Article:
Are PDFs An Achilles Heel? GDS and the accessibility challenges, with 92.02% failing.

20 Jul 2018

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London, 20th July 2018 - The Government Digital Service (GDS) has announced that it is creating a tool to allow its digital managers to export web pages as PDFs – and it did so in the wider context of comparing the relative merits of PDFs and HTML pages.

Our view is that PDFs have their place but they should be used appropriately. PDFs offer a useful solution where content remains static; where the format needs to be precisely managed; and where content needs to remain available in a specific format. Indeed, they can be a great way to present highly polished documents. However, they come with a number of serious issues – such as what is often a poor standard of accessibility compliance.

“Compared with HTML content, information published in a PDF is harder to find, use and maintain,” notes Neil Williams, of the GDS in a piece entitled ‘Why GOV.UK content should be published in HTML and not PDF’. Additional issues include the fact that PDFs are harder to use on mobile and cannot track on-page user behaviour

Despite this, the government is creating thousands of new PDFs every month. This is where the GDS HTML-to-PDF converter comes in – as it will ensure that the files that are created are fully accessible. Naturally, this is a goal that we heartily endorse, as is the prioritisation of HTML pages that can be captured as PDF documents as and when needed.

In our Q2 INDEX we assessed over 93,000 PDFs and found that 92.02% of those produced by UK Central Government and 93.25% by UK Listed PLCs failed for accessibility.

There are a wide variety of tools available to create PDFs (for example from Office documents) and the precise methods used can make a significant difference to the outcome and the quality of measurables such as compliance. While the format is relatively rigid, we would make the case that there is no excuse for poor accessibility in PDF documents (particularly when tools like SMARTview are available to flag issues).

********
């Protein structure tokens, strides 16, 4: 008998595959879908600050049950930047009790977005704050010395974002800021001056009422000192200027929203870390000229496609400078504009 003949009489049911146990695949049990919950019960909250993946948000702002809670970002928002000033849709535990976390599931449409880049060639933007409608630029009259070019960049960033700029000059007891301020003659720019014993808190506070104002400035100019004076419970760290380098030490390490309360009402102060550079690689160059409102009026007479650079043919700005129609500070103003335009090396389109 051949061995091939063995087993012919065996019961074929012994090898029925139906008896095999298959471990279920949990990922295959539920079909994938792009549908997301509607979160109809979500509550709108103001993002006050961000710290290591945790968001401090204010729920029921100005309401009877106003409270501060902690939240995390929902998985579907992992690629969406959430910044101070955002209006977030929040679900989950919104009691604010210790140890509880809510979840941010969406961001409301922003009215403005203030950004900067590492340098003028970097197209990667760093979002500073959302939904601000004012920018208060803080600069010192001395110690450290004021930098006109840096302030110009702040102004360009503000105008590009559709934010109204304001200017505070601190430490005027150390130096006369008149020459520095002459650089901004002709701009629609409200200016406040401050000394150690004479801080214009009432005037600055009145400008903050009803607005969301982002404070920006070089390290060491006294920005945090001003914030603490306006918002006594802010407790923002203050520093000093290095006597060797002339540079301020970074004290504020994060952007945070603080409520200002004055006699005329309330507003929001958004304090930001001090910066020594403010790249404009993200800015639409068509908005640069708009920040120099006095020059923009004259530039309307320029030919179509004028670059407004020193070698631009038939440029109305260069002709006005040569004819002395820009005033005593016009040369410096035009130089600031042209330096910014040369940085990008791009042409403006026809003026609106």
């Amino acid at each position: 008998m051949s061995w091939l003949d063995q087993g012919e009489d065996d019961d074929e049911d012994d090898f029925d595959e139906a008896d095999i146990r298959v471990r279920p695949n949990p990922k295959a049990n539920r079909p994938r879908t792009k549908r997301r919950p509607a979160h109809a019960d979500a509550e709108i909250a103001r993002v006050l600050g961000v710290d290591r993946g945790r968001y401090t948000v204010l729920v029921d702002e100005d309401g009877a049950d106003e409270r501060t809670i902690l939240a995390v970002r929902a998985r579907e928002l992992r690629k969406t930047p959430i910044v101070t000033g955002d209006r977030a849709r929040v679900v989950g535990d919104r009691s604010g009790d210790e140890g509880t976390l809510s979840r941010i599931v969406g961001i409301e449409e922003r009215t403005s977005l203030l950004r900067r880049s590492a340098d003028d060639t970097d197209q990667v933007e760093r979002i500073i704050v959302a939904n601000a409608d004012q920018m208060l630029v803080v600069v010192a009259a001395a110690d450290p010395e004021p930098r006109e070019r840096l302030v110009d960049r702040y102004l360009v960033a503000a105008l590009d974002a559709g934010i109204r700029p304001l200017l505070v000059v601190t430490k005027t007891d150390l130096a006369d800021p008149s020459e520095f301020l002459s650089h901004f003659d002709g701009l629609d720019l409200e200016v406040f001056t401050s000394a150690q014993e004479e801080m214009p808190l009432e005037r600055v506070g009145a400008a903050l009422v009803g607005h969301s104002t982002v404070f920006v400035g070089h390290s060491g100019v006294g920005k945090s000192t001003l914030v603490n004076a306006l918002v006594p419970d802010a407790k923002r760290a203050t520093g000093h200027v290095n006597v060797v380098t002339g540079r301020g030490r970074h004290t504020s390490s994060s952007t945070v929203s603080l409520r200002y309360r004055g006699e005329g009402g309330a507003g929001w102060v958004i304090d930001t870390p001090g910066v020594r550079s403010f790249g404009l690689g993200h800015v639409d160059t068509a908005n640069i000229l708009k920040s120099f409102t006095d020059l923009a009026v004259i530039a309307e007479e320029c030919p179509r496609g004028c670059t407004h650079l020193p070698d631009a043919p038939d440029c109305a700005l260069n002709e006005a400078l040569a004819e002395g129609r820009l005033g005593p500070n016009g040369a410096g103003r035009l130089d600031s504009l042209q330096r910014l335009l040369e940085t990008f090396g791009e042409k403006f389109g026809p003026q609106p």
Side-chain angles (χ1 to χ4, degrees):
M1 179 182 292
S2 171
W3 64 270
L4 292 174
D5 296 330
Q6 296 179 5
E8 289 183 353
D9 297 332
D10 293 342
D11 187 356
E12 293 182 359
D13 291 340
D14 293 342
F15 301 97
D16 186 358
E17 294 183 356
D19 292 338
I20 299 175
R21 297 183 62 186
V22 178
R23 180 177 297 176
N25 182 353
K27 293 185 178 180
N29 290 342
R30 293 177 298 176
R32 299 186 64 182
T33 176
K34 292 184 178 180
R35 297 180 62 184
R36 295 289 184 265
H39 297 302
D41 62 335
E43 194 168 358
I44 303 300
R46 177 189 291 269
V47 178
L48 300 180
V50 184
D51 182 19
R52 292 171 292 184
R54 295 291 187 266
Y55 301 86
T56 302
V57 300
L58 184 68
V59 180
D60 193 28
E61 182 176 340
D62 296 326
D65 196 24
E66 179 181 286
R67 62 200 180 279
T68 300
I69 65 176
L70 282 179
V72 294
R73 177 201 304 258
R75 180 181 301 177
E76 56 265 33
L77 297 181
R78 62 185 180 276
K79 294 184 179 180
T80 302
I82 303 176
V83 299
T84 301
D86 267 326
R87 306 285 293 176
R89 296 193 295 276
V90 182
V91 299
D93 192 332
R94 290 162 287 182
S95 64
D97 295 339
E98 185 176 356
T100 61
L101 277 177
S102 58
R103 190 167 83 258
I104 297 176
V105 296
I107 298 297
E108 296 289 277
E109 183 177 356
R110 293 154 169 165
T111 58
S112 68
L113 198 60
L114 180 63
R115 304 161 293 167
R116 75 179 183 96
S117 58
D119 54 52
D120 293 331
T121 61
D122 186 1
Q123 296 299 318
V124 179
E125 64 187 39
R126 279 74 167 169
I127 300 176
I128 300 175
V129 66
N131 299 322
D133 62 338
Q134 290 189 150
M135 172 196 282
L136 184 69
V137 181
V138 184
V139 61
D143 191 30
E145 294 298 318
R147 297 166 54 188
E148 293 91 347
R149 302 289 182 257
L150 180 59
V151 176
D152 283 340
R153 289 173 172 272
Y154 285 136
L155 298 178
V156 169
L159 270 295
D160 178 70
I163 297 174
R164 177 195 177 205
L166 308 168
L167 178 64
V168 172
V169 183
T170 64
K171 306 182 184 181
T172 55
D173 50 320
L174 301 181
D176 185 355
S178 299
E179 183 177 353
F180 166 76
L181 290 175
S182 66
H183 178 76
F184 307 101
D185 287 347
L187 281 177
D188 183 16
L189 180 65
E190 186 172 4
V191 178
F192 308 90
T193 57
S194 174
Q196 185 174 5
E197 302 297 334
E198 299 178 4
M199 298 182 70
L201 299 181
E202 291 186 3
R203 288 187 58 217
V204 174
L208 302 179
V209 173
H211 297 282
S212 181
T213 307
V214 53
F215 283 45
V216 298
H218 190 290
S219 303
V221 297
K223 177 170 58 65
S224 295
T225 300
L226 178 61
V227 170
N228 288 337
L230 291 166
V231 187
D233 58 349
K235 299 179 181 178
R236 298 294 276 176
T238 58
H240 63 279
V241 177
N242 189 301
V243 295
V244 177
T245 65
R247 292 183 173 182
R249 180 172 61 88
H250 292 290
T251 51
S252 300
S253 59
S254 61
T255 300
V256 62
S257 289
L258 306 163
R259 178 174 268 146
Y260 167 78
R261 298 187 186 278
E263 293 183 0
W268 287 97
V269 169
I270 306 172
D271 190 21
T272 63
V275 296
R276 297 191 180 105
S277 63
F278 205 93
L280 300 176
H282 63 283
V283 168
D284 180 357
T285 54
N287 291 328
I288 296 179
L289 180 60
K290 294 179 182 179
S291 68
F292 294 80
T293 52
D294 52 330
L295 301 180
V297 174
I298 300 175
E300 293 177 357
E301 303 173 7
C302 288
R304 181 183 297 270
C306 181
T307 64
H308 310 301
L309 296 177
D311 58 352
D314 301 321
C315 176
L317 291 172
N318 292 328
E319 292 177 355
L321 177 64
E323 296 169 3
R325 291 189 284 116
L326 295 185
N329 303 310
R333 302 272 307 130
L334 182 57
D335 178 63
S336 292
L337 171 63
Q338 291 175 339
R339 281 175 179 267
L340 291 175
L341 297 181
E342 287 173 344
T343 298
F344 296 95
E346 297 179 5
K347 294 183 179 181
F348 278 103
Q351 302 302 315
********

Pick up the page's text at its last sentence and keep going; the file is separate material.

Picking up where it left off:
A second major challenge is managing and monitoring updates of PDFs. The longer a PDF has been online the less likely it is that the original document remains available. Because of this, it can become cost prohibitive to actually update or improve a PDF. This leaves organisations with the question of whether to remove the PDF altogether or to leave it up while risking an impaired experience and a potentially poorer level of compliance. This risk simply doesn’t exist with an HTML page where content can easily be updated as and when needed.

“The fundamental challenge for delivering high quality PDFs is ensuring that basic standards are understood and adhered too,” said Mark Pinkerton, our CMO. “We often see broken links, especially in older PDFs. Another problematic area is the use of email addresses. Where organisations list emails in PDFs, it would be far better to use general addresses rather than those that apply to specific individuals – which are likely to go out of date much more quickly. PDFs do not look to be going away anytime soon, so the key thing in the meantime is for organisations to work towards a higher standard of delivery.”


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